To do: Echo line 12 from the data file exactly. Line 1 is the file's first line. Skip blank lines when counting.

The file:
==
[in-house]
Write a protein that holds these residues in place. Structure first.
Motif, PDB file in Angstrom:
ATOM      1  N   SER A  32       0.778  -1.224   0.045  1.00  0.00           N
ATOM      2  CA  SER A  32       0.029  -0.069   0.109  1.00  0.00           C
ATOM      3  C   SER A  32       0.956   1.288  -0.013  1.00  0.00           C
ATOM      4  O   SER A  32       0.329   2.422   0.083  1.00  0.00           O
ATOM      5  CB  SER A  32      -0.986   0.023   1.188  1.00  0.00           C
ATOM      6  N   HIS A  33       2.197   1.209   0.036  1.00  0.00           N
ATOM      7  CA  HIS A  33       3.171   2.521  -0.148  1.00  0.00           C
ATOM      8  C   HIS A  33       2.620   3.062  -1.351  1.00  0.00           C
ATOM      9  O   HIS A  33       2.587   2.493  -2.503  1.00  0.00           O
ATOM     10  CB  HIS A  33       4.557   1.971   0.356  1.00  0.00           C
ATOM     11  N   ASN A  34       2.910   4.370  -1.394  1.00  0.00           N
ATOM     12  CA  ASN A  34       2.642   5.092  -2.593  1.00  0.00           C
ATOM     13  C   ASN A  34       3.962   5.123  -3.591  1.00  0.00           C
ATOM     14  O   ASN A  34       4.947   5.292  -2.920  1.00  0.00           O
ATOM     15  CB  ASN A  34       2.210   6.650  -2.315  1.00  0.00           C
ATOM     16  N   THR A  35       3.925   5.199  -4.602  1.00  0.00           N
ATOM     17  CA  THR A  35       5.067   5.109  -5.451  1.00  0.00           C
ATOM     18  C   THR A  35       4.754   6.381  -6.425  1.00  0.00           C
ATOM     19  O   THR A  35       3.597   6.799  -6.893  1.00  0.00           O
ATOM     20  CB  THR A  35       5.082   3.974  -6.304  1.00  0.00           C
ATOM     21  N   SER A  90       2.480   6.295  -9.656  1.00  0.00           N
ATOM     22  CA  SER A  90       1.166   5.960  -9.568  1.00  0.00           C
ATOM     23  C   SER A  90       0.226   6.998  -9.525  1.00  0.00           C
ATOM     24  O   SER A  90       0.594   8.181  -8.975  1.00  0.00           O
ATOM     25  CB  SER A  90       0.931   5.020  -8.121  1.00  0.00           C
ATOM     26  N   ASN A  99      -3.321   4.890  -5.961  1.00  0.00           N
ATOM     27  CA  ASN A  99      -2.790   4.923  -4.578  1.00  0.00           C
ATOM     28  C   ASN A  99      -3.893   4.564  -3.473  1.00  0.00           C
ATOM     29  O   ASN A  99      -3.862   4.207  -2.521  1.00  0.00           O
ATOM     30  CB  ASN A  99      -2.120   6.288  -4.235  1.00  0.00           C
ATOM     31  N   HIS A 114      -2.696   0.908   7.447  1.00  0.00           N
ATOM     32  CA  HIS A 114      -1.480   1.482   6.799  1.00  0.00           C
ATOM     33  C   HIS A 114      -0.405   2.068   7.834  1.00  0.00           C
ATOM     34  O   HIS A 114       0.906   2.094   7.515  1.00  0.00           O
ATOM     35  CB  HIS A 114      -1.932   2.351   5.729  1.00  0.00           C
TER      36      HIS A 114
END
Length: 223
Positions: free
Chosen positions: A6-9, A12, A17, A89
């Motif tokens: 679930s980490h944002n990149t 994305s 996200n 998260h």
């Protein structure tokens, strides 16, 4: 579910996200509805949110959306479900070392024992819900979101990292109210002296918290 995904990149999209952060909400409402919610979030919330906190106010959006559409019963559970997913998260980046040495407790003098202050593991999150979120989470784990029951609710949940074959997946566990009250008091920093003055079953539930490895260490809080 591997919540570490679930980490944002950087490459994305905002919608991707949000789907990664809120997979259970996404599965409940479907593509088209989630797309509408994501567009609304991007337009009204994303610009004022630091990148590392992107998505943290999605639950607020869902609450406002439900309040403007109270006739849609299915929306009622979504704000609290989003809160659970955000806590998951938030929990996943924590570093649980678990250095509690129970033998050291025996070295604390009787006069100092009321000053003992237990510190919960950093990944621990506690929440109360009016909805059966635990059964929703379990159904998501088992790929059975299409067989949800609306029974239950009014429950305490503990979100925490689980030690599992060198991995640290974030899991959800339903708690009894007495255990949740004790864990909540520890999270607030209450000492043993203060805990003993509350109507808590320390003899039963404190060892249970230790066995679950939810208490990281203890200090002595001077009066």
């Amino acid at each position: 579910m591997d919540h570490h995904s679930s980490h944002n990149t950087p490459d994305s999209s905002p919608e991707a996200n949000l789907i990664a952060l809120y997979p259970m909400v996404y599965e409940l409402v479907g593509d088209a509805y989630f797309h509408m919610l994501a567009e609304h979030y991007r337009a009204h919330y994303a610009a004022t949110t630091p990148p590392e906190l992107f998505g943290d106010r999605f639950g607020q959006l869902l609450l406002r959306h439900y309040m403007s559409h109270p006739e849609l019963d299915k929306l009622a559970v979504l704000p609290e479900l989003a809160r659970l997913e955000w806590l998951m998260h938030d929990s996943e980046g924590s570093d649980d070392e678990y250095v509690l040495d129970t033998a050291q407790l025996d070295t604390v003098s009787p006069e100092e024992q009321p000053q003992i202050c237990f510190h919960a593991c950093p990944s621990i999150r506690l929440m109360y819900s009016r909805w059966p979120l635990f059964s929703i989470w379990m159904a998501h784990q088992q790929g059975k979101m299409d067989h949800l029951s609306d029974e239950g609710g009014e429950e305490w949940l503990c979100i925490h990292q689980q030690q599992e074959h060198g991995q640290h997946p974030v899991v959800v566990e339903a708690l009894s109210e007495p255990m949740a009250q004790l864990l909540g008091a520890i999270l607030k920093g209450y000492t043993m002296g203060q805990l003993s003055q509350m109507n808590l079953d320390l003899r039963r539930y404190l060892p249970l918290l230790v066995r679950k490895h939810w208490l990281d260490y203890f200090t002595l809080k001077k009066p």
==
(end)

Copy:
ATOM      9  O   HIS A  33       2.587   2.493  -2.503  1.00  0.00           O